Hands off Social Security movement ignites

WASHINGTON – Lawmakers and groups representing 50 million Americans held a press conference here today demanding that Social Security cuts be taken off the deficit reduction table.

The conference, on the heels of reports that the Obama administration and lawmakers are considering slashing the annual cost-of-living adjustments that are part of Social Security in exchange for a deficit reduction deal with the GOP, was called by Sens. Bernie Sanders, I,Vt., Sheldon Whitehouse, D,R.I., and a coalition of 300 community and labor organizations.

“The White House will be surprised how senators react if what comes to the Senate is a plan for deficit reduction that includes cuts to Social Security benefits or cuts that hurt the working people, the middle class and the poor,” said Sanders.

“I’ve heard this even from senators who you might not expect to hear it from. The president would be well served to talk to senators in the Democratic caucus about this. There hasn’t been good communication on this up until now.”

Groups opposed to using cuts in Social Security as a bargaining chip in deficit reduction talks note that Social Security is operating on a surplus of trillions of dollars, it does not contribute to the deficit and that a COLA cut would result in significant cuts to both current and future beneficiaries. particularly to women, the poor and the very old.

“Social Security has a 2.6 trillion dollar surplus and can pay out every nickel it owes for the next 25 years,” said Sanders. “Cuts should be off the table. You don’t negotiate this with Republicans whose real aim is to kill Social Security altogether!”

Sanders said he could not shed any light on what the latest thinking of the Democratic Senate leadership was on the matter.

“We haven’t gotten official word,” he said, noting, however, that Nancy Pelosi, leader of the House Democrats, has already come out clearly against such cuts.

“The administration is making a mistake if they think that all the Democrats in the Senate would sign on to anything like this,” Sen. Whitehouse said at the same press conference. He called upon people across the nation to petition the White House and Congress against making any cuts to Social Security.

“We cannot go along with just anything the president has capitulated to,” he declared.

“People are watching this in disbelief,” sad Max Richtman, acting CEO of the National Committee to Preserve Social Security and Medicare. He said his group is about to deliver 700,000 petitions opposing the idea to Capitol Hill.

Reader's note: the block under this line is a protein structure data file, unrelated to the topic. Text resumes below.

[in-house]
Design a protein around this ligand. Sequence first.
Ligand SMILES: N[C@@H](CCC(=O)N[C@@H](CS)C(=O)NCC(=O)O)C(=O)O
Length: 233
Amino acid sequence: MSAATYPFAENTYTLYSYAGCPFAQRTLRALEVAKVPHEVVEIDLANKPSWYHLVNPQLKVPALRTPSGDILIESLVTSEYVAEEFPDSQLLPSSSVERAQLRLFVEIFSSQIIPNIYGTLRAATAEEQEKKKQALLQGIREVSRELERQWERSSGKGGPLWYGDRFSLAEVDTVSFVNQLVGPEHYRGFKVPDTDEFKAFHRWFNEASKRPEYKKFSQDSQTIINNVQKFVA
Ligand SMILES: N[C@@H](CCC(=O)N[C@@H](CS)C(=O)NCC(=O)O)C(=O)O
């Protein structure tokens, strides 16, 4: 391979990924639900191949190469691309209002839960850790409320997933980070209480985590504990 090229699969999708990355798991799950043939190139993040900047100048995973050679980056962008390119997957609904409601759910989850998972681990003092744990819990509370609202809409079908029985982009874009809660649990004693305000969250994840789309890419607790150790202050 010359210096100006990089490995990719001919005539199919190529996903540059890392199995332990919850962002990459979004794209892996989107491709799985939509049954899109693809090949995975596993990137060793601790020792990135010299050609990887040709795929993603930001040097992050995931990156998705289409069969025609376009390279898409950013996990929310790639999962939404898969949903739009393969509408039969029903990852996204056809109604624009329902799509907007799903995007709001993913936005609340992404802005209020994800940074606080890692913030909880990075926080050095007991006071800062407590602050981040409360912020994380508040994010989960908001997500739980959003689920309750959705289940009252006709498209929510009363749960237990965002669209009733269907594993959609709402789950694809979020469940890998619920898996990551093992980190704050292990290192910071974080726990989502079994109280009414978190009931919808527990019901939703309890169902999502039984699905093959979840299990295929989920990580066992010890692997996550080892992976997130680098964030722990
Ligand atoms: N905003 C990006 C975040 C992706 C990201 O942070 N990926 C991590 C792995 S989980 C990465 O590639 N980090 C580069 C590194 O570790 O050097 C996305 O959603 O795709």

Terry O’Neill, president of the National Organization of Women, said the idea of cutting COLA’s was “both bad policy and bad politics.”

She noted that current Social Security rates keep one third of all women ages 65-74 out of poverty and that 60 percent of all the income available to women over 65 comes from Social Security.

“As far as the politics go,” she noted, “all you have to do is look at Kathy Hochul, who won that district in upstate New York.” O’Neill was referring to a Democrat winning a district that has been Republican for a century. Voters rejected the Republican who ran against Hochul because of that party’s position in favor of Medicare cuts.

“Americans are proud of their Social Security and their Medicare,” O’Neill said, “and they don’t want anyone messing around with the benefits they have earned.”

Charles Loveless, legislative director for the American Federation of State County and Municipal Employees, said “Any kinds of cuts to Social Security are even more unacceptable now than they ever were before, considering the fact that unemployment is so high and that people don’t have the pensions that they used to depend on during retirement.”

Photo: At a “Back Off Social Security” rally on Capitol Hill in Washington, March 28. J. Scott Applewhite/AP




John Wojcik
John Wojcik

John Wojcik is Editor-in-Chief of People's World. He joined the staff as Labor Editor in May 2007 after working as a union meat cutter in northern New Jersey. There, he served as a shop steward, as a member of a UFCW contract negotiating committee, and as an activist in the union's campaign to win public support for Wal-Mart workers. In the 1970s and '80s, he was a political action reporter for the Daily World, this newspaper's predecessor, and was active in electoral politics in Brooklyn, New York.